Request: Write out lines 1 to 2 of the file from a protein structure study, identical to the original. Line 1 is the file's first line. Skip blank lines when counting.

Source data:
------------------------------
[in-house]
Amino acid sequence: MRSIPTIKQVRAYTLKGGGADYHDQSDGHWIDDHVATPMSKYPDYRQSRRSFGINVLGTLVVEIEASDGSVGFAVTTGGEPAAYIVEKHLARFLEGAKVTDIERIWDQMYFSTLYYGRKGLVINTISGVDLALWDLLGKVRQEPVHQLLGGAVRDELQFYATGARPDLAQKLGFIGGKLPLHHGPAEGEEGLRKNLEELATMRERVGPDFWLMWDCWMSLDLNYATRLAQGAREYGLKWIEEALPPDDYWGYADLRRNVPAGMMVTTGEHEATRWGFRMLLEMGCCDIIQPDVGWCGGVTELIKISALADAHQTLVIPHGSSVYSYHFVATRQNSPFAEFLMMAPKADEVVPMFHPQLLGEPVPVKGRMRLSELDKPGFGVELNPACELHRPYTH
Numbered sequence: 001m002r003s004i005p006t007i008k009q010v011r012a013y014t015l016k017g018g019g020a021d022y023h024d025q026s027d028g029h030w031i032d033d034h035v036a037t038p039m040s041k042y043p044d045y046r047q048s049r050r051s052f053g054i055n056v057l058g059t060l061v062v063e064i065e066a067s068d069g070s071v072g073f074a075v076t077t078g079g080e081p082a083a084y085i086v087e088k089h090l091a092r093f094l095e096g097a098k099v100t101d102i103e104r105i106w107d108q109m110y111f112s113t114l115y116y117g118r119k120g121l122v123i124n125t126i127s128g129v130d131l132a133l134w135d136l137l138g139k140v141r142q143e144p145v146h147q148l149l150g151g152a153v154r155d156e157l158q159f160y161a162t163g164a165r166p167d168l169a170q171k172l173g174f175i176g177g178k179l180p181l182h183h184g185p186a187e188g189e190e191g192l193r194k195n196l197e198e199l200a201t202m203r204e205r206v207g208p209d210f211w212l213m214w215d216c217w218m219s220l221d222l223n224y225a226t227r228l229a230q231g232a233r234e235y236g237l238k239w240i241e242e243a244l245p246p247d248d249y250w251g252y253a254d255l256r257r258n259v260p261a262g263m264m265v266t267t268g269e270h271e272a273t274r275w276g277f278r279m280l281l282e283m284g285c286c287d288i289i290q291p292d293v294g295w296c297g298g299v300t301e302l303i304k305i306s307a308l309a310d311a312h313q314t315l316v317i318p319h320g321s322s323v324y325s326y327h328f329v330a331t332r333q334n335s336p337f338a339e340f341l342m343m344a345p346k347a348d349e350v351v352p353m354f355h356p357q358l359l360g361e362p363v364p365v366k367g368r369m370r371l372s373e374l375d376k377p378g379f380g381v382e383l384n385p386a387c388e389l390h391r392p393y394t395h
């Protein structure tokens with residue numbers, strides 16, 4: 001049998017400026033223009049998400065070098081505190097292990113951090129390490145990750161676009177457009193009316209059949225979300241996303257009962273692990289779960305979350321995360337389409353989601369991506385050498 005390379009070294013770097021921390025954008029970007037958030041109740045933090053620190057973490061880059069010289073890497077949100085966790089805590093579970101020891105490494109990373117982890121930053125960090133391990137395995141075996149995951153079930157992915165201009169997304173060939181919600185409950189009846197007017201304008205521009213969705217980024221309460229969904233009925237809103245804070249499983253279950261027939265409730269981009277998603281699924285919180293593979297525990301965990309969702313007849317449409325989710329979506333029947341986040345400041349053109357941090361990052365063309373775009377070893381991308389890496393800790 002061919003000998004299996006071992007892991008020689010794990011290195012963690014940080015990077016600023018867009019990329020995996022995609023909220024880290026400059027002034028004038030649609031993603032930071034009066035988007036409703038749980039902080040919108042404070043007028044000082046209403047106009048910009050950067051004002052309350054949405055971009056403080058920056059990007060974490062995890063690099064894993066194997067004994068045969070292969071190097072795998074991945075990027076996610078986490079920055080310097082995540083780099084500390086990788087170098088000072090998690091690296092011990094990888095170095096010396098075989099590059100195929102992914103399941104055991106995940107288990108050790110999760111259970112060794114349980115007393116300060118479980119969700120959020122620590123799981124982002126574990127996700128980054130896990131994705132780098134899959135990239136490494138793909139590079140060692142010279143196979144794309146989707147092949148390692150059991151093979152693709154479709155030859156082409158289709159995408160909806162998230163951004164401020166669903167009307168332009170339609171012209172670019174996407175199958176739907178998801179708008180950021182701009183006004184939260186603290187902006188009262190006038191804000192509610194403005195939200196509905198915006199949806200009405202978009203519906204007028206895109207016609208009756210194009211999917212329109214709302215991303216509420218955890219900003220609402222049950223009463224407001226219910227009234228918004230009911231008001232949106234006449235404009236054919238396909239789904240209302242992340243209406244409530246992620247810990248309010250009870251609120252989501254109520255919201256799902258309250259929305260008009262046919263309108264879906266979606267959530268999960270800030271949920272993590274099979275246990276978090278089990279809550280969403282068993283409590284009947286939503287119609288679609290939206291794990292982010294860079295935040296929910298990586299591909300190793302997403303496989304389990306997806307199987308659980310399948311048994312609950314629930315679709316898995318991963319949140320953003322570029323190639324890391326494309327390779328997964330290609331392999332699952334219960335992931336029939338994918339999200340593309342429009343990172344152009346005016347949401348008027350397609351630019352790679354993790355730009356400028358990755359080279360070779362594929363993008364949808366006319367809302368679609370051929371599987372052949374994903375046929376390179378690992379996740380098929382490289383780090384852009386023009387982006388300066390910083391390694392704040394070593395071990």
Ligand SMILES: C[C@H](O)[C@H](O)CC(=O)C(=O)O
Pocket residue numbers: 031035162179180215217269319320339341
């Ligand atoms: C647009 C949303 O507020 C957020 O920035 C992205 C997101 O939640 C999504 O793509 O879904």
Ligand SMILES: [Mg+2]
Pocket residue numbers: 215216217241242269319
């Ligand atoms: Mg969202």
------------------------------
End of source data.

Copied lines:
[in-house]
Amino acid sequence: MRSIPTIKQVRAYTLKGGGADYHDQSDGHWIDDHVATPMSKYPDYRQSRRSFGINVLGTLVVEIEASDGSVGFAVTTGGEPAAYIVEKHLARFLEGAKVTDIERIWDQMYFSTLYYGRKGLVINTISGVDLALWDLLGKVRQEPVHQLLGGAVRDELQFYATGARPDLAQKLGFIGGKLPLHHGPAEGEEGLRKNLEELATMRERVGPDFWLMWDCWMSLDLNYATRLAQGAREYGLKWIEEALPPDDYWGYADLRRNVPAGMMVTTGEHEATRWGFRMLLEMGCCDIIQPDVGWCGGVTELIKISALADAHQTLVIPHGSSVYSYHFVATRQNSPFAEFLMMAPKADEVVPMFHPQLLGEPVPVKGRMRLSELDKPGFGVELNPACELHRPYTH